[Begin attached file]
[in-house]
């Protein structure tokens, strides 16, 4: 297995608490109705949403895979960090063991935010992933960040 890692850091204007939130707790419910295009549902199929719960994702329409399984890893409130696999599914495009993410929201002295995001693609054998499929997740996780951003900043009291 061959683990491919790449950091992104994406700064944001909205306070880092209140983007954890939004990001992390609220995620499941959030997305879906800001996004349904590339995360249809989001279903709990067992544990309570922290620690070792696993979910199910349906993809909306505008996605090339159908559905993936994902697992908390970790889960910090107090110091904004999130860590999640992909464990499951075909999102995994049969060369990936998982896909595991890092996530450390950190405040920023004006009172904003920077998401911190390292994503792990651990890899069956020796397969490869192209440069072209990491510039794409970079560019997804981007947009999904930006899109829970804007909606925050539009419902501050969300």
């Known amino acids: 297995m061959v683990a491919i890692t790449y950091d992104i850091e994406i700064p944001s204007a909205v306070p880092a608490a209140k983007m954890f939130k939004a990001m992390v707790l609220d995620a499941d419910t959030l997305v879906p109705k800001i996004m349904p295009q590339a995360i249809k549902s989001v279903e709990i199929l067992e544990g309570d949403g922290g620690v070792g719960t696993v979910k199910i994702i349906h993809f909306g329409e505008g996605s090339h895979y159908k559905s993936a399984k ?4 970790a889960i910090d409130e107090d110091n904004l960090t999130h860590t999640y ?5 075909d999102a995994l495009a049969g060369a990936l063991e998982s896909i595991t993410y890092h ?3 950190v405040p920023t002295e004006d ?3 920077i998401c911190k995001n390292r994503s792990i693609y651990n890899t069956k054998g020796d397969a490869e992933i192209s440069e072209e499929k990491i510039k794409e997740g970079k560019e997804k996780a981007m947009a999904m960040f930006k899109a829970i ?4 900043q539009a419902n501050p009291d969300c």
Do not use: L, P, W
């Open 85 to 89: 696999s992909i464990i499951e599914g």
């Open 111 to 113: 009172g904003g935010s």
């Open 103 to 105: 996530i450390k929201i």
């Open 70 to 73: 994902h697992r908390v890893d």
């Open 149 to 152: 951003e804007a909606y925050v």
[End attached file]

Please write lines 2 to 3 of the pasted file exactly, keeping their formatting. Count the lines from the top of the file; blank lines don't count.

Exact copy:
């Protein structure tokens, strides 16, 4: 297995608490109705949403895979960090063991935010992933960040 890692850091204007939130707790419910295009549902199929719960994702329409399984890893409130696999599914495009993410929201002295995001693609054998499929997740996780951003900043009291 061959683990491919790449950091992104994406700064944001909205306070880092209140983007954890939004990001992390609220995620499941959030997305879906800001996004349904590339995360249809989001279903709990067992544990309570922290620690070792696993979910199910349906993809909306505008996605090339159908559905993936994902697992908390970790889960910090107090110091904004999130860590999640992909464990499951075909999102995994049969060369990936998982896909595991890092996530450390950190405040920023004006009172904003920077998401911190390292994503792990651990890899069956020796397969490869192209440069072209990491510039794409970079560019997804981007947009999904930006899109829970804007909606925050539009419902501050969300």
């Known amino acids: 297995m061959v683990a491919i890692t790449y950091d992104i850091e994406i700064p944001s204007a909205v306070p880092a608490a209140k983007m954890f939130k939004a990001m992390v707790l609220d995620a499941d419910t959030l997305v879906p109705k800001i996004m349904p295009q590339a995360i249809k549902s989001v279903e709990i199929l067992e544990g309570d949403g922290g620690v070792g719960t696993v979910k199910i994702i349906h993809f909306g329409e505008g996605s090339h895979y159908k559905s993936a399984k ?4 970790a889960i910090d409130e107090d110091n904004l960090t999130h860590t999640y ?5 075909d999102a995994l495009a049969g060369a990936l063991e998982s896909i595991t993410y890092h ?3 950190v405040p920023t002295e004006d ?3 920077i998401c911190k995001n390292r994503s792990i693609y651990n890899t069956k054998g020796d397969a490869e992933i192209s440069e072209e499929k990491i510039k794409e997740g970079k560019e997804k996780a981007m947009a999904m960040f930006k899109a829970i ?4 900043q539009a419902n501050p009291d969300c």